Making movies: Dean Wright on his faith and work in visual effects
Dean Wright is a director, visual effects and special effects supervisor in Hollywood who has worked on films like Titanic, The Lord of The Rings, and The Chronicles of Narnia: The Lion, The Witch and the Wardrobe. He is also a committed Christian and is trying to raise funds to develop more family-orientated films in an industry dominated by sci-fi
How long have you been working on visual effects?
Dean: Well, I've been working in the industry for over 20 years. I started working on a little project called Titanic in 1996 or 1997 and I became a visual producer for a couple of years and I also worked for Disney for a number of years as well and after that I moved to New Zealand and ended up working on The Lord of the Rings and eventually The Chronicles of Narnia. So basically I have been doing this since 1996 and directing.
Did you always want to do this?
Dean: When I was in grade school, my professor gave us an assignment to work on, and instead of writing it I wanted to make a film, I have always loved writing as well, but I wanted to do something different, and so I asked him if I could do a film, and he said yes, and I got an A. So I always loved film from an early age, I knew I wanted to work in film.
You have worked on many films overs the years, but what film did you enjoy working on the most?
Dean: Wow , that's a hard question. Probably the one I enjoyed the most is For Greater Glory. You see, I grew up in the south-west of America and my wife has some Latin origins in her, and this was my first directing role and being able to tell the story of what happened to these people in Mexico, was a great opportunity for me. I think The Lion, The Witch and The Wardrobe was a great story to work on, so as a crew person that would be my favourite. But if you ask me this question tomorrow I will probably have a different answer for you, but that's todays answer.
Does your faith play an important role in choosing the films you work on?
Dean: It's important in that it's part of all my choices. I think in everyday life, there is the opportunity to choose your integrity amongst other things. I don't want to be involved in something that destroys the light just for money or anything that goes against my faith. The Lord of the Rings and the Chronicles of Narnia have very strong religious themes.
Have you ever turned down a film because it clashed with your faith?
Dean: Fortunately, I have been quite lucky though to have two or three options. I was at Disney at the time and a film that they wanted me to do I felt was completely meaningless and I never felt made any sense, or I could take the chance and pack up my family and move to New Zealand, so I decided to take a leap of faith to do a project I really wanted to do. While in New Zealand I eventually worked on 'The Lord of the Rings'. So I am glad I took that chance and it worked out.
What has it been like being a Christian and working in Hollywood? Hollywood is very liberal. Have you ever encountered opposition or ridicule because of your faith or does it just not come up?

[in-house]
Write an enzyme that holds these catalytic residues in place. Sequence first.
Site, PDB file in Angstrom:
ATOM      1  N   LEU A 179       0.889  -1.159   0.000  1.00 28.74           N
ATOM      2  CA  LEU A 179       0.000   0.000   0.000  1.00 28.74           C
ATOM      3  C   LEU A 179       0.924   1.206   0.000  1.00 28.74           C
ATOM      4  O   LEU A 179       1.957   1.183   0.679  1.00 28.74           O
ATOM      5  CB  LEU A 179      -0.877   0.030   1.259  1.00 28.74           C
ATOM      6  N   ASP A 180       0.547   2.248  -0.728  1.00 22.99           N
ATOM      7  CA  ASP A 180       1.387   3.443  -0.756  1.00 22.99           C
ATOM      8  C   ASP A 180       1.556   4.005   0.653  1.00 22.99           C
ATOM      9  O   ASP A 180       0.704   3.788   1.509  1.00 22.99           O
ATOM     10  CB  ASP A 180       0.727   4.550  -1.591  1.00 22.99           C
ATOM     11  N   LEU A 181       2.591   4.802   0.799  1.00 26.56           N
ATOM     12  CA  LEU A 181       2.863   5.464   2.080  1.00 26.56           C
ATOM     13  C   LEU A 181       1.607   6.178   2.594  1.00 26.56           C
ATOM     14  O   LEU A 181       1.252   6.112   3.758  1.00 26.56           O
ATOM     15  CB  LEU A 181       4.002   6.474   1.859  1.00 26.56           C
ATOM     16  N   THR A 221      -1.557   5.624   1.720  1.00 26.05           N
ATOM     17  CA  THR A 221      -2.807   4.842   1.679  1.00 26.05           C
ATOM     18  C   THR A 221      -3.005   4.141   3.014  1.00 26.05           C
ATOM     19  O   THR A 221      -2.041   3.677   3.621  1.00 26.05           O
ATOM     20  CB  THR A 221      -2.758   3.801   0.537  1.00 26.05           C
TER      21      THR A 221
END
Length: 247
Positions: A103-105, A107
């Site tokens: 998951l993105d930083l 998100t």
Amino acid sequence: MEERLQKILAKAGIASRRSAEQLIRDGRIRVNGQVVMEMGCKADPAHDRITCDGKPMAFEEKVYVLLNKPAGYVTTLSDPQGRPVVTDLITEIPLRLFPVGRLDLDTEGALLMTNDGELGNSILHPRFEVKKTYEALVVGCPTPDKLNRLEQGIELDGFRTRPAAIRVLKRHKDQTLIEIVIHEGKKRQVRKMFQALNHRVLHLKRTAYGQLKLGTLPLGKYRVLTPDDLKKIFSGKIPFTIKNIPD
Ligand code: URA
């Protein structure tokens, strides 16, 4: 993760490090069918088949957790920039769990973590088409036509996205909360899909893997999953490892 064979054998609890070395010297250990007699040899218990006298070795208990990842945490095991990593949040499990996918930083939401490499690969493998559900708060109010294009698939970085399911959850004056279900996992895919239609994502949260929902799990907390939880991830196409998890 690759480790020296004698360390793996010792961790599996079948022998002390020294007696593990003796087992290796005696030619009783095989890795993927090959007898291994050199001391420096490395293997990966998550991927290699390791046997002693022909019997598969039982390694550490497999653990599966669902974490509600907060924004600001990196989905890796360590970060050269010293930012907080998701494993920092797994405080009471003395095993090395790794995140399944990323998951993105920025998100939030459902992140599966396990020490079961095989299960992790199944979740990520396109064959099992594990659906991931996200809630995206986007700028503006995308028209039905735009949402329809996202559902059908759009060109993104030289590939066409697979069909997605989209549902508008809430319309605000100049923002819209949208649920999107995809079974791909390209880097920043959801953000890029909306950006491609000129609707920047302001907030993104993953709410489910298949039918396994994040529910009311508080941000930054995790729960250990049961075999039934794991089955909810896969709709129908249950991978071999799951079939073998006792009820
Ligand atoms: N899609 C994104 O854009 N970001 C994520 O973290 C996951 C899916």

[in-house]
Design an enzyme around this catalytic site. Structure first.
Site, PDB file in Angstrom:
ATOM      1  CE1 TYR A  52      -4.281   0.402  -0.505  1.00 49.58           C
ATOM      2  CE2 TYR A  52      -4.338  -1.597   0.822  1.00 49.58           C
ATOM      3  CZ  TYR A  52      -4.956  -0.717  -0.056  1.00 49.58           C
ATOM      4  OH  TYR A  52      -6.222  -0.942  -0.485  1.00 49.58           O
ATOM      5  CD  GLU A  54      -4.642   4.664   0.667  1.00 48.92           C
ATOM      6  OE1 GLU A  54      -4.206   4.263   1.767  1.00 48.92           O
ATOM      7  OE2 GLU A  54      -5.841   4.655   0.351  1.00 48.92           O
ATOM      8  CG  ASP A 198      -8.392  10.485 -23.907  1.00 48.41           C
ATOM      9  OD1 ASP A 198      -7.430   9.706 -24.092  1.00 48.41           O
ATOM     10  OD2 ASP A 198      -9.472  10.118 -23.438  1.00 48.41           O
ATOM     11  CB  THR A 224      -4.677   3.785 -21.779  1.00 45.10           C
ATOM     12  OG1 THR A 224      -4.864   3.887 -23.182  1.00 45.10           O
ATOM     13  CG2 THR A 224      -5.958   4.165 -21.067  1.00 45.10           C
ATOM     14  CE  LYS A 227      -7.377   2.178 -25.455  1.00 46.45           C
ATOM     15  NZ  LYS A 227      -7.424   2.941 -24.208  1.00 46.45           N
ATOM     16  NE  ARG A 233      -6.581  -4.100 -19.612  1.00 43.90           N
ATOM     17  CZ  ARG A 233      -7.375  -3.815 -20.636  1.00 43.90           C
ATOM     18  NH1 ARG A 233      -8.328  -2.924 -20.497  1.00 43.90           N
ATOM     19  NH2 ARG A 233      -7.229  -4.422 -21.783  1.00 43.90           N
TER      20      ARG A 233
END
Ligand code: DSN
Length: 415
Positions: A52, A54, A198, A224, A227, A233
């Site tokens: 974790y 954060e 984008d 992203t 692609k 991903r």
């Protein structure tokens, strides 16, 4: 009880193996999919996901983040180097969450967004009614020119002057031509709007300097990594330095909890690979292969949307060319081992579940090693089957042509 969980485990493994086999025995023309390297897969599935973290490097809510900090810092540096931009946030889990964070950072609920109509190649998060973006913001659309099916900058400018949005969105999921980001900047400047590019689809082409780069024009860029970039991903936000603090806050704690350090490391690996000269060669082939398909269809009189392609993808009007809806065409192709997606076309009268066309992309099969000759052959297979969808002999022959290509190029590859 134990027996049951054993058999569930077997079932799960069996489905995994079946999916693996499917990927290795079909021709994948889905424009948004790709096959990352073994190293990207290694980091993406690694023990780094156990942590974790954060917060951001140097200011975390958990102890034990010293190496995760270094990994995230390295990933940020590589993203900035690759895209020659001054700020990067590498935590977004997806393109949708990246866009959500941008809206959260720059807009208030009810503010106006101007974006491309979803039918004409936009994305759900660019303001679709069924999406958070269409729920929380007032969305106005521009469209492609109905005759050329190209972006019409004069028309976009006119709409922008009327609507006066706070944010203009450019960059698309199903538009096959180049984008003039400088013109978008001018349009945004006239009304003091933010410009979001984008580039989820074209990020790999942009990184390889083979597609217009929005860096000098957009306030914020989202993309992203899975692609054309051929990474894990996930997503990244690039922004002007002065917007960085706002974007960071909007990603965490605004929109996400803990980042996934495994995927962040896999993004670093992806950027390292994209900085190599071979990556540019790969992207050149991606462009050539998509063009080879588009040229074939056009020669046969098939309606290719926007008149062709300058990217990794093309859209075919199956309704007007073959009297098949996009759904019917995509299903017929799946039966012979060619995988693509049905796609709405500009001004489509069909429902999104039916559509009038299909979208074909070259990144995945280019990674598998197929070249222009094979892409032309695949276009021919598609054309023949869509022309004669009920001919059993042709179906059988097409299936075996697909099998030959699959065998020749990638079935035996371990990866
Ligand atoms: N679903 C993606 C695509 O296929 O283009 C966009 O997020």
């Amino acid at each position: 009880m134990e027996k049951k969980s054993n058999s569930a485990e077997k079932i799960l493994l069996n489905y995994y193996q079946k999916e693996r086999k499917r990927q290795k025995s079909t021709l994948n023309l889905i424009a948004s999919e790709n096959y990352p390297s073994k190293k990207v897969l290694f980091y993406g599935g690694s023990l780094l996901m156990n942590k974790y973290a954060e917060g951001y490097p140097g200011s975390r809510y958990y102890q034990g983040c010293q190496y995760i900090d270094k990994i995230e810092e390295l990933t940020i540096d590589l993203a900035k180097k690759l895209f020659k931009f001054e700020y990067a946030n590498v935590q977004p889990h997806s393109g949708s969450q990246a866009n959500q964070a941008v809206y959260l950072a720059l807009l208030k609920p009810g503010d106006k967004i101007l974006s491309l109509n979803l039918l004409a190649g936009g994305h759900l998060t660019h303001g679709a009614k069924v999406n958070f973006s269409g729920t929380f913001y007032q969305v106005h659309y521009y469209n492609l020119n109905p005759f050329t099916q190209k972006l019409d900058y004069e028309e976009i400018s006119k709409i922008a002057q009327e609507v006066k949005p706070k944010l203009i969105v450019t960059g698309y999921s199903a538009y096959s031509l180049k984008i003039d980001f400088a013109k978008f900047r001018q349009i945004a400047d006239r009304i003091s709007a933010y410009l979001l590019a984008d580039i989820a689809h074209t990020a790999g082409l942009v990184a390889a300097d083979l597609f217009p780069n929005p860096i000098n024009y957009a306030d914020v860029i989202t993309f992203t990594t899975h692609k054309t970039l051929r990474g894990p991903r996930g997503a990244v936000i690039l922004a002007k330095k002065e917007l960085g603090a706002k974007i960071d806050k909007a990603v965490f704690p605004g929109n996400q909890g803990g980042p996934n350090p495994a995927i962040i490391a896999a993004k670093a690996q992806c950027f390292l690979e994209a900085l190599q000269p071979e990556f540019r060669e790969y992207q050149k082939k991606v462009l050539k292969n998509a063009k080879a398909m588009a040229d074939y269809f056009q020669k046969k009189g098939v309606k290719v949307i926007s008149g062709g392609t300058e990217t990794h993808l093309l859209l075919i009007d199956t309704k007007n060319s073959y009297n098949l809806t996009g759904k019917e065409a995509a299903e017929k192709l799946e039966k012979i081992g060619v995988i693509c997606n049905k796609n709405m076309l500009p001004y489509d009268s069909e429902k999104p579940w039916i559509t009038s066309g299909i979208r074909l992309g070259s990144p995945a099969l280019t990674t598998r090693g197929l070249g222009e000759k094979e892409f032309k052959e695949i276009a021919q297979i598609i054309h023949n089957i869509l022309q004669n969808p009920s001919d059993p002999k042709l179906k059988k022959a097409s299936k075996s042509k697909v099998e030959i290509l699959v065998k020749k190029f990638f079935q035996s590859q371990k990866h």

Dean: Typically it doesn't tend to come up but on Greater Glory or Kingdom Come we never asked people what their faith was, and the people who came on board to a Christian film, it was an eye opening experience for them. Some I know even found faith after working on these projects. As a director maybe some people may not want to work with me because of my faith, but that's just a chance I'll have to take. Some have said 'well, he has done Greater Glory but can he do anything else?'. They will just have to wait and see.
Do you think the visual and special effects have changed greatly over the years and do you feel under pressure to create a wow factor?
Dean: Certainly, it changes constantly. Sometimes film makers use visual effects to make the story more interesting. For me, I love to push it to the edge a bit. I believe effects are necessary to serve the story.
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Do you believe the special and visual effects are taking over the substance and story of a film, or is there still a good balance?
Dean: That's the danger, not every case. Sometimes movies are a showcase of a wow factor. Film is more than that. Working on a film to get it right can take years. I worked on a film for two years, you put so much effort you want to leave the audience with something that resonates.
You were nominated for an Oscar for The Lion, The Witch and The Wardrobe. Would you say that was your biggest accomplishment so far?
Dean: Yes, the Oscar nomination for The Lion, The witch and The Wardrobe was great. People didn't know what to expect, so that was awesome and getting the nomination from my peers was quite rewarding.
What's up next for you?
Dean: My goal is to try and develop more projects that are inspirational and family friendly films for the whole family to watch together. Because the industry tends to focus a lot more on sci-fi extravaganzas. So I am asking for support to bring more of these family oriented projects.
To support Dean, visit his fundraising page at http://www.gofundme.com/2pu79k
See Dean at work below on his directorial debut Kingdom Come, released as For Greater Glory last summer.